" Then Bernol's hidden face Went white as death, and for about the space Of ten slow heart-beats there was no reply; Till Bernol looked around and whispered, "WHY?" But answer to his question came there none; The angel sighed, and with a sigh was gone.
Within the humble house where Malvin spent His studious years, on holy things intent, Sweet stillness reigned; and there the angel found The saintly sage immersed in thought profound, Weaving with patient toil and willing care A web of wisdom, wonderful and fair: A seamless robe for Truth's great bridal meet, And needing but one thread to be complete.
Then Asmiel touched his hand, and broke the thread Of fine-spun thought, and very gently said, "The One of whom thou thinkest bids thee go "Alone to Spiran's huts, across the snow, "To serve Him there.
" With sorrow and surprise Malvin looked up, reluctance in his eyes.
The broken thought, the strangeness of the call, The perilous passage of the mountain-wall, The solitary journey, and the length Of ways unknown, too great for his frail strength, Appalled him.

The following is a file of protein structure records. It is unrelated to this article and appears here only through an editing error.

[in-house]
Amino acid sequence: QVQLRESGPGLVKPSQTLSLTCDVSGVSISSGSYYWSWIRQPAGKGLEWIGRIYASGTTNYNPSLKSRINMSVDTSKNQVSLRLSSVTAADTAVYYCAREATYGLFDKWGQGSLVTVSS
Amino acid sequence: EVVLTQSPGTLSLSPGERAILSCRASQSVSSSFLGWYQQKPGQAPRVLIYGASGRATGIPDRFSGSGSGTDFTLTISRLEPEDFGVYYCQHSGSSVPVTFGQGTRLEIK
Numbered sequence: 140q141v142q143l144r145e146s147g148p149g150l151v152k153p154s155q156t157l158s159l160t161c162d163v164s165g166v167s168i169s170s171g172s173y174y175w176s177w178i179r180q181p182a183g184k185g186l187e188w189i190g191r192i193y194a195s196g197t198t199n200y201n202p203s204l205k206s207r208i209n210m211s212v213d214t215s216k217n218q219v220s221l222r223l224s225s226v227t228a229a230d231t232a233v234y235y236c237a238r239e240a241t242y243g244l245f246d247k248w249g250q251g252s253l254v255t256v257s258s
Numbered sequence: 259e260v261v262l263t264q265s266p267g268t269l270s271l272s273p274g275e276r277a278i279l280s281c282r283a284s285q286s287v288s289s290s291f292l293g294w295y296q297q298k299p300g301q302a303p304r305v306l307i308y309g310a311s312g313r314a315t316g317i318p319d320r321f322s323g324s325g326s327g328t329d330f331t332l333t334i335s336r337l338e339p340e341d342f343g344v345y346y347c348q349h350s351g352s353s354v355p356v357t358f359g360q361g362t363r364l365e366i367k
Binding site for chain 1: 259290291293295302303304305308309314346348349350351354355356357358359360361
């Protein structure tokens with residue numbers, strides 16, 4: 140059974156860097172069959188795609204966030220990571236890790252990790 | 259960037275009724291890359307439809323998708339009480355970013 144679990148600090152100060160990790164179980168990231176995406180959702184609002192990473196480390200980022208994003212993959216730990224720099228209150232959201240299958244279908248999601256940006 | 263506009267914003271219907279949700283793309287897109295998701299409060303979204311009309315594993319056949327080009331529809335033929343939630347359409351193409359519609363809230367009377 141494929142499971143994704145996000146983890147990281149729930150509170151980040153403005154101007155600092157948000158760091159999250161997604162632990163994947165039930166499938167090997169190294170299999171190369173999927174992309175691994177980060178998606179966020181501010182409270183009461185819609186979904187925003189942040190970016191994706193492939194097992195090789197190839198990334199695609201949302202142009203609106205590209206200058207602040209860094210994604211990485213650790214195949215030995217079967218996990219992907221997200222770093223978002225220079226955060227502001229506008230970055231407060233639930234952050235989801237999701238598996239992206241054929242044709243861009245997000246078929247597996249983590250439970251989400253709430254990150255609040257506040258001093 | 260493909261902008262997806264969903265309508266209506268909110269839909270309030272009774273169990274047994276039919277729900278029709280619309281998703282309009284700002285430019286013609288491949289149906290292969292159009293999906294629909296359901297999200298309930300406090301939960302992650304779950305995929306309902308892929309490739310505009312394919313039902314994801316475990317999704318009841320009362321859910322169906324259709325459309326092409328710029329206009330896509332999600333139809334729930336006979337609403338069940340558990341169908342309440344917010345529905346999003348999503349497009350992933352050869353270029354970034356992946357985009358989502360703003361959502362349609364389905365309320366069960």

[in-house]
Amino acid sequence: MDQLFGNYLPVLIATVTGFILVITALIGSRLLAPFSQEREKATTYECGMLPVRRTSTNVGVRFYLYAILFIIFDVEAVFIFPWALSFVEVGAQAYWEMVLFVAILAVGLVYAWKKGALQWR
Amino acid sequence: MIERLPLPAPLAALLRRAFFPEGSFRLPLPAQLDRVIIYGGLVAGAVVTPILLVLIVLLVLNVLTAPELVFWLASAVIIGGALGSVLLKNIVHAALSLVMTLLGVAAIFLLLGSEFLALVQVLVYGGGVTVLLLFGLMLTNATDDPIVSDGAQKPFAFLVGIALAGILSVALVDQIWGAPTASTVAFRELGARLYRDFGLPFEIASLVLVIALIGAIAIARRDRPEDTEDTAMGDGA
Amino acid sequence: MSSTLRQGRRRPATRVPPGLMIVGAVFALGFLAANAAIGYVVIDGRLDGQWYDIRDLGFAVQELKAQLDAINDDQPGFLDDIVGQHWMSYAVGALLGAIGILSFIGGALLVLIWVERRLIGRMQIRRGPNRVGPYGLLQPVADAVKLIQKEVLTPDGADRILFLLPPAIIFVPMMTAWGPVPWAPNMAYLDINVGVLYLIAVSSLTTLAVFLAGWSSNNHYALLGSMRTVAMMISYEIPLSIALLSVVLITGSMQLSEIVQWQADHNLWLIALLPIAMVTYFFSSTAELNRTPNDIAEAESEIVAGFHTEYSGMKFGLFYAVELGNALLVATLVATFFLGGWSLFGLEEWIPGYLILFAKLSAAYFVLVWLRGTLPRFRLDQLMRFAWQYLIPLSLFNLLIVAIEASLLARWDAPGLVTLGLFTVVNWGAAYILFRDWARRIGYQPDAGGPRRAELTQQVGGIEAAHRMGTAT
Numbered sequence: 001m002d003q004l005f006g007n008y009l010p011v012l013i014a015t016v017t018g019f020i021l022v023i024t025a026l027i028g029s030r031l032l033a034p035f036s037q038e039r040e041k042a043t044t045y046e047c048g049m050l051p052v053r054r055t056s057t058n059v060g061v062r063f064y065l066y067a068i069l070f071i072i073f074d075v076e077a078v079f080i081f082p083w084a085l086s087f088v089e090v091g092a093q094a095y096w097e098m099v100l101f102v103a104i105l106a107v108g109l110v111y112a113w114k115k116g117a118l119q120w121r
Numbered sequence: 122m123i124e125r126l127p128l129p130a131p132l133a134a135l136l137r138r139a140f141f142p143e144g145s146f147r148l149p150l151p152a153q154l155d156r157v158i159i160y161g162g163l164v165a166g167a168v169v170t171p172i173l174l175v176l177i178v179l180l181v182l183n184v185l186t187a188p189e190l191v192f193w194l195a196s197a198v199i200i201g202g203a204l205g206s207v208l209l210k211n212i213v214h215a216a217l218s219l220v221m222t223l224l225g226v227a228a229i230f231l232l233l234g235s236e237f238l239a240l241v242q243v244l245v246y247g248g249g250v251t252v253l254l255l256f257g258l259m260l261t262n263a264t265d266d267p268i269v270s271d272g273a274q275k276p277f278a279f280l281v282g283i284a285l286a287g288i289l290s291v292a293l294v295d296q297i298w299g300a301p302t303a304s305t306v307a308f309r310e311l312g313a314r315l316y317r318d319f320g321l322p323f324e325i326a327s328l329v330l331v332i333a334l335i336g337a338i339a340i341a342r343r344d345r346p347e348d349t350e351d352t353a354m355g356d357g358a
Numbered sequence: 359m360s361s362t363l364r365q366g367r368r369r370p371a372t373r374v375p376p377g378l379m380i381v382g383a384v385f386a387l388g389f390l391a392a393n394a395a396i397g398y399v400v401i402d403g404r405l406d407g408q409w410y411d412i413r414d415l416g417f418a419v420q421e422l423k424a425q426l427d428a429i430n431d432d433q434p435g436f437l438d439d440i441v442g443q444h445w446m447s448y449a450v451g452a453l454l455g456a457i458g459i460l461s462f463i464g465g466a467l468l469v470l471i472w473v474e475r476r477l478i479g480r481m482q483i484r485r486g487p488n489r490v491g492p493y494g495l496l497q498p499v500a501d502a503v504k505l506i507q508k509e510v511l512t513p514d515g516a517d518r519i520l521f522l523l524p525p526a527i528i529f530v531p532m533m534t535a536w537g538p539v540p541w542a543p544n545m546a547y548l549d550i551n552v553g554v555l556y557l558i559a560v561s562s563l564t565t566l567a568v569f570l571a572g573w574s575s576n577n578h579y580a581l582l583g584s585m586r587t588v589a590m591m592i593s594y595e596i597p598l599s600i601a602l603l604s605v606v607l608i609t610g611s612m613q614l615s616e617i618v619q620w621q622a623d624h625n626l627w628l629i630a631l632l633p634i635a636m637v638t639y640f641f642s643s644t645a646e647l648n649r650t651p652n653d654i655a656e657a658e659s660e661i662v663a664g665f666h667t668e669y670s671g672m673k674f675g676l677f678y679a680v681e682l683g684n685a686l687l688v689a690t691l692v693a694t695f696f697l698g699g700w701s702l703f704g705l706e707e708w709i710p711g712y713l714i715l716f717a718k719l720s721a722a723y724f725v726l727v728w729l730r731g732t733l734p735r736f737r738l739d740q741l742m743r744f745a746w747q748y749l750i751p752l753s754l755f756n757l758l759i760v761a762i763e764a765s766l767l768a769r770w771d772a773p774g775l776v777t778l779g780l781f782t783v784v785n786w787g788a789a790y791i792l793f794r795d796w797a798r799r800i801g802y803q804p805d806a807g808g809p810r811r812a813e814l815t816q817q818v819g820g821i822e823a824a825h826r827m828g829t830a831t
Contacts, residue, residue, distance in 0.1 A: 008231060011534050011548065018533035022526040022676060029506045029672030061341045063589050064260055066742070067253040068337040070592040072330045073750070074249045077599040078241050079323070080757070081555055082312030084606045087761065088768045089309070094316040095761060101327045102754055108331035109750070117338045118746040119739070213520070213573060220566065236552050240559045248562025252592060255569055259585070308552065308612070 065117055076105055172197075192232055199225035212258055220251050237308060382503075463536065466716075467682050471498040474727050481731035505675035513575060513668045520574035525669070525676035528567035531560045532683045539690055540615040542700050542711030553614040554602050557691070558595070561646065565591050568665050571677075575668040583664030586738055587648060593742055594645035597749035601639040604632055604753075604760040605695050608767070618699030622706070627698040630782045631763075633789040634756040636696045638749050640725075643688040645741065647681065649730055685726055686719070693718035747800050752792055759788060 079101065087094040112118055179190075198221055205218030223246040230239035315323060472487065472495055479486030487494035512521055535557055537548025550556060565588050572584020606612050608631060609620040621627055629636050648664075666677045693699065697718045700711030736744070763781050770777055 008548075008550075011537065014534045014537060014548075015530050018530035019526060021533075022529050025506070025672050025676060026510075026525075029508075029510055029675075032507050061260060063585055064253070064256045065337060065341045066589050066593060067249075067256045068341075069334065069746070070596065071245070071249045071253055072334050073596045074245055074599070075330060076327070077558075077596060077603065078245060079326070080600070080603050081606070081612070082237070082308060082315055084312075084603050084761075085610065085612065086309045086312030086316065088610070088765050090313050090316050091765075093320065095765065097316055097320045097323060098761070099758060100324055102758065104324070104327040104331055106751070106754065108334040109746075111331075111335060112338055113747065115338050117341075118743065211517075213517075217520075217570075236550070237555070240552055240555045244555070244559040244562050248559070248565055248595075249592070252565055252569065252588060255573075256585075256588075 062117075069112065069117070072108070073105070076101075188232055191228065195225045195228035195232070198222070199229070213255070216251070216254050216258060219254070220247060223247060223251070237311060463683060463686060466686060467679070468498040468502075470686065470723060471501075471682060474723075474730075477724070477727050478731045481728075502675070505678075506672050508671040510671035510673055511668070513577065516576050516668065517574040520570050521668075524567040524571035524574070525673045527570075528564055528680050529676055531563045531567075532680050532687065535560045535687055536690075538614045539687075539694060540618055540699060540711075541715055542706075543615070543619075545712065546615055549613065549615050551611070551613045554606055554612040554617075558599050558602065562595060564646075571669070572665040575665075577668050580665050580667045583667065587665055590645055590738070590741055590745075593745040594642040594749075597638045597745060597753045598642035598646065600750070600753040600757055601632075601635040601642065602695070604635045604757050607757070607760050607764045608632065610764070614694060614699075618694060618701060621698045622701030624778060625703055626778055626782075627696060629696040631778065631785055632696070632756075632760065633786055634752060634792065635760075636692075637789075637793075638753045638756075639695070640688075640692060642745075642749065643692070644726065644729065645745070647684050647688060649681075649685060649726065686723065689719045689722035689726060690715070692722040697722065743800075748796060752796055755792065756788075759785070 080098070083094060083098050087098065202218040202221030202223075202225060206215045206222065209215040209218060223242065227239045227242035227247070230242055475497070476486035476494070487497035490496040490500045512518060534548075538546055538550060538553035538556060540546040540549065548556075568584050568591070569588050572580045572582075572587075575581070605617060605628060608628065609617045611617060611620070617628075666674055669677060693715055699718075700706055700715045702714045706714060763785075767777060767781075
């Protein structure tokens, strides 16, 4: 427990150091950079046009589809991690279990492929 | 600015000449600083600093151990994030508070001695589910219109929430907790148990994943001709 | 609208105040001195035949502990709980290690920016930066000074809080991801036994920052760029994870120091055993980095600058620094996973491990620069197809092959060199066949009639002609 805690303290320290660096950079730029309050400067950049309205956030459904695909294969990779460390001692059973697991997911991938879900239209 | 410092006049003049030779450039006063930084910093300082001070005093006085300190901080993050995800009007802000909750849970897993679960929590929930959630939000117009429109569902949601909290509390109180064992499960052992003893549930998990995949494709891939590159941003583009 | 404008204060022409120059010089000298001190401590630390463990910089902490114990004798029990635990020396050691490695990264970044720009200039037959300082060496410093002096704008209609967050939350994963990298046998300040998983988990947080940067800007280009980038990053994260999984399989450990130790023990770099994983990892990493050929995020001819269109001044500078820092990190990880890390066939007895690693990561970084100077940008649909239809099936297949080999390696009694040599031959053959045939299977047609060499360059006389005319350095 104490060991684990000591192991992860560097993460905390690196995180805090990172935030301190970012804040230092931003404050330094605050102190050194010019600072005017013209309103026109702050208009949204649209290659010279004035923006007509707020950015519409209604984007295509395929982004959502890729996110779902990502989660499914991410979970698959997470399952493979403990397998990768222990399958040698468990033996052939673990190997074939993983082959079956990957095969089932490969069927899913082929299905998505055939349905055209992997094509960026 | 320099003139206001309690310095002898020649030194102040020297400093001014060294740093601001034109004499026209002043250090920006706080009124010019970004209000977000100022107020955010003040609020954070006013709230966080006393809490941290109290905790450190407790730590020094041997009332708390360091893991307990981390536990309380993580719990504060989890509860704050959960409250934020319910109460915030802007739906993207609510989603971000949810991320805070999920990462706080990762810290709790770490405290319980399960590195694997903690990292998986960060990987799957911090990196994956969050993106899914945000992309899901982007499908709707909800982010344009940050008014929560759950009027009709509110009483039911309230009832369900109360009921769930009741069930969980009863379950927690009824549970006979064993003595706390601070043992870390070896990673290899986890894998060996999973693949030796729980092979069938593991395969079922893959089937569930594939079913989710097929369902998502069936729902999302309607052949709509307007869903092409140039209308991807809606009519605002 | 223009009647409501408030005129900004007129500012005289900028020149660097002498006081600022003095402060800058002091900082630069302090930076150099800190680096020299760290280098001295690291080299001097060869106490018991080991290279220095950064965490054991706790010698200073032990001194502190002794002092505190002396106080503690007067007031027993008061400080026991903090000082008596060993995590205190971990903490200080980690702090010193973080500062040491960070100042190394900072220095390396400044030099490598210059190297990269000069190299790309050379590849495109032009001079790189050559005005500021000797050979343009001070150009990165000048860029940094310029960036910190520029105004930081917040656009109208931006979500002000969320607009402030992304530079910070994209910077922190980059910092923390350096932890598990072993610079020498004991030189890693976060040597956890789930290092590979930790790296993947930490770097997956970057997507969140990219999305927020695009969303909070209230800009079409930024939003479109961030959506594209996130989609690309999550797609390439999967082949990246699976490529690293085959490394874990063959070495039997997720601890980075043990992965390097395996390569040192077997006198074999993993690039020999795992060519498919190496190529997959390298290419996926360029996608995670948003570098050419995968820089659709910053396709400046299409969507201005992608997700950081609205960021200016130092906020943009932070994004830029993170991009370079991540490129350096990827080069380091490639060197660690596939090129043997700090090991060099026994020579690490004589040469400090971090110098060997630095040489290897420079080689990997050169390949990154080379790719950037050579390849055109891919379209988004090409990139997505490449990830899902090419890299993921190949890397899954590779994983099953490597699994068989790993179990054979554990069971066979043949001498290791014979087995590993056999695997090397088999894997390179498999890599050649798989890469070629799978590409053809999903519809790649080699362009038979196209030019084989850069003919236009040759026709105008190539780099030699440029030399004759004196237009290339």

With a doubtful brow He scanned the doubtful task, and muttered "HOW?" But Asmiel answered, as he turned to go, With cold, disheartened voice, "I do not know.
" Now as he went, with fading hope, to seek The third and last to whom God bade him speak, Scarce twenty steps away whom should he meet But Fermor, hurrying cheerful down the street, With ready heart that faced his work like play, And joyed to find it greater every day! The angel stopped him with uplifted hand, And gave without delay his Lord's command: "He whom thou servest here would have thee go "Alone to Spiran's huts, across the snow, "To serve Him there.
" Ere Asmiel breathed again The eager answer leaped to meet him, "WHEN?" The angel's face with inward joy grew bright, And all his figure glowed with heavenly light; He took the golden circlet from his brow And gave the crown to Fermor, answering, "Now! "For thou hast met the Master's bidden test, "And I have found the man who loves Him best.
"Not thine, nor mine, to question or reply "When He commands us, asking 'how?' or 'why?' "He knows the cause; His ways are wise and just; "Who serves the King must serve with perfect trust.
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Written by William Cullen Bryant | Create an image from this poem

To A Cloud

 Beautiful cloud! with folds so soft and fair,
Swimming in the pure quiet air!
Thy fleeces bathed in sunlight, while below